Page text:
’It’s essential that, when incorporating AI, the industry does the right thing by thinking about AI from the consumer perspective,’ says head of marketing 

The insurance industry has been particularly focused on employing artificial intelligence (AI) to address pain points for customers, with claims processing standing out as a prime example.

However, Catherine Carey, head of marketing at Consumer Intelligence, noted that it was “important” for the industry to consider the “impact on its customers” and how it would provide, and benefit from the implementation of, AI.

Her comments came off the back of a Consumer Intelligence survey, conducted via its consumer panel Viewsbank, in September 2023, which collected the thoughts of 1,060 nationally representative consumers on preferred methods for reporting an insurance claim.

It found that 64% of respondents favoured reporting a claim over the phone with a call handler, while 29% preferred an online form with human review. Only a combined 7% expressed openness to AI handling this task.

Carey explained that, during “vulnerable” moments such as car accidents or home emergencies, respondents did not perceive AI as the ideal option.

She said: “While there’s a considerable industry focus on how AI can address these concerns, it’s crucial to first consider the impact on customers and how they will experience these changes.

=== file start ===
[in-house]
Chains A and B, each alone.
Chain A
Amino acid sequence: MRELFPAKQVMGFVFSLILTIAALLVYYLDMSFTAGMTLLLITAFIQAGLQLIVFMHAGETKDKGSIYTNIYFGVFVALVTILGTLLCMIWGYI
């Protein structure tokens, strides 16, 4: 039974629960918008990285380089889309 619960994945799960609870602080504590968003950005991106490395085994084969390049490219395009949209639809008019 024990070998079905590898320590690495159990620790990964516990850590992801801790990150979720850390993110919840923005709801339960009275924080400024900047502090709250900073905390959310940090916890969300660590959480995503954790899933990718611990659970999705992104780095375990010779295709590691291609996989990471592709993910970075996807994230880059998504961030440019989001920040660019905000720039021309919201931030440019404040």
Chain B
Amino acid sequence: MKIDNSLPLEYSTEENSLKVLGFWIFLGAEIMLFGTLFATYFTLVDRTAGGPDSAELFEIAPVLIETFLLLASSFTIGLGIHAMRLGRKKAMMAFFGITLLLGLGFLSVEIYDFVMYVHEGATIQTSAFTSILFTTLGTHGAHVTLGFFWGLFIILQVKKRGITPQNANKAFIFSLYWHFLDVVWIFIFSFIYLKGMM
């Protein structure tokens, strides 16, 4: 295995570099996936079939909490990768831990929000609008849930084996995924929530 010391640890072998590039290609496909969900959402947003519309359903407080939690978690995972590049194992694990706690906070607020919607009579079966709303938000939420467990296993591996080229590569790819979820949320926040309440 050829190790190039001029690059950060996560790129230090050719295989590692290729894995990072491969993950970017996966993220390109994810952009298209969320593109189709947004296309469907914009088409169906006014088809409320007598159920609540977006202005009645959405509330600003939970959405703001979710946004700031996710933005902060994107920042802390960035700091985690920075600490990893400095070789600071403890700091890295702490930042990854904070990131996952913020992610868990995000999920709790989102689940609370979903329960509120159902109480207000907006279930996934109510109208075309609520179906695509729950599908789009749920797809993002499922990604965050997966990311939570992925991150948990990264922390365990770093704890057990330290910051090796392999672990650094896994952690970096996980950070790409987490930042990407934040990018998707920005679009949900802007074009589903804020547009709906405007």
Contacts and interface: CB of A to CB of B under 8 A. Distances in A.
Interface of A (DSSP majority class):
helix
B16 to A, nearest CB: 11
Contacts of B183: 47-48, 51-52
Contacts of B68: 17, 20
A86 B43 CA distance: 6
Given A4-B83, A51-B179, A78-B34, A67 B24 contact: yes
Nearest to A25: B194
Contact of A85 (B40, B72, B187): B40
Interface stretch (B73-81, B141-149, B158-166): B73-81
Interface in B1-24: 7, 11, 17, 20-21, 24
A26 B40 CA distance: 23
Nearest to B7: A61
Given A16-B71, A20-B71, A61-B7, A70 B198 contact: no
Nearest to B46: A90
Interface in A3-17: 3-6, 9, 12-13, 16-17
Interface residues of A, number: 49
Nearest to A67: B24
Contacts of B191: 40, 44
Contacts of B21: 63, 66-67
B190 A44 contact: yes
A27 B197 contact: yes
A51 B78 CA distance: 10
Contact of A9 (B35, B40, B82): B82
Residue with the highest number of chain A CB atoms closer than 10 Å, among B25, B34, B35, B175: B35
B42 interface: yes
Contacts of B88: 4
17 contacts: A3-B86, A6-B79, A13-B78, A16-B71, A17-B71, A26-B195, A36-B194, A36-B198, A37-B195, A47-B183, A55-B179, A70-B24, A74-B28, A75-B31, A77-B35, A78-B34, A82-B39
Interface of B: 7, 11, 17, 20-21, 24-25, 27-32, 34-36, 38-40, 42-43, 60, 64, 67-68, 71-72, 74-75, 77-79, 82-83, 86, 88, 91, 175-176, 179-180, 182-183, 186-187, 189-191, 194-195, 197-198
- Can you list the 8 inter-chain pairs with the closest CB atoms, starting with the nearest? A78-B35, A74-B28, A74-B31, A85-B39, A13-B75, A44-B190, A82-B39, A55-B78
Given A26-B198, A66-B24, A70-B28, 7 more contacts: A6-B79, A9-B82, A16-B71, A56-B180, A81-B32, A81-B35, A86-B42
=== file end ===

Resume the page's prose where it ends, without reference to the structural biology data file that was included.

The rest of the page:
“It’s essential that, when incorporating AI, the industry does the right thing by thinking about AI from the consumer perspective.”

The consumer 

Carey explained that the survey showed customers prioritised speed and efficiency in their interactions with insurance services.

Last year (14 September 2023), the Financial Ombudsman Service (FOS) released figures that revealed complaints over building, car and motorcycle insurance had hit a five-year high in the first three months of the year.

Some 3,869 complaints were made about car or motorcycle insurance, while there were a total of 1,776 building insurance complaints recorded during the period.

By comparison, the FOS recorded 2,626 motor and 1,275 building complaints between April and June in 2019.

In response to the heightened complaints numbers, the regulator said that it expected insurers to treat their customers fairly and promptly – and that it was “unacceptable” that complaints were driven due to a delay in claims being paid out.

Meanwhile, Carey noted that over 60% of surveyed claimants cited speed and efficiency as the element of the claims experience needing the most improvement.

Various companies in the industry have been exploring their options for improving speed and efficiency by implementing AI into the claims process to improve speed and efficiency.

For example, Zurich said it was experimenting with AI for tasks like data extraction for claims and modelling in December.

And more recently, Sedgwick said it had been using AI to enhance the claims experience for customers.

Carey noted that Consumer Intelligence’s survey results had revealed a “relatively” even split, with 54% of respondents indicating that they felt they had a good understanding of AI, while 46% expressed that they did not.

This highlighted the need for a balanced and thoughtful approach when implementing AI solutions, taking into account varying levels of customer familiarity and comfort with the technology, said Carey.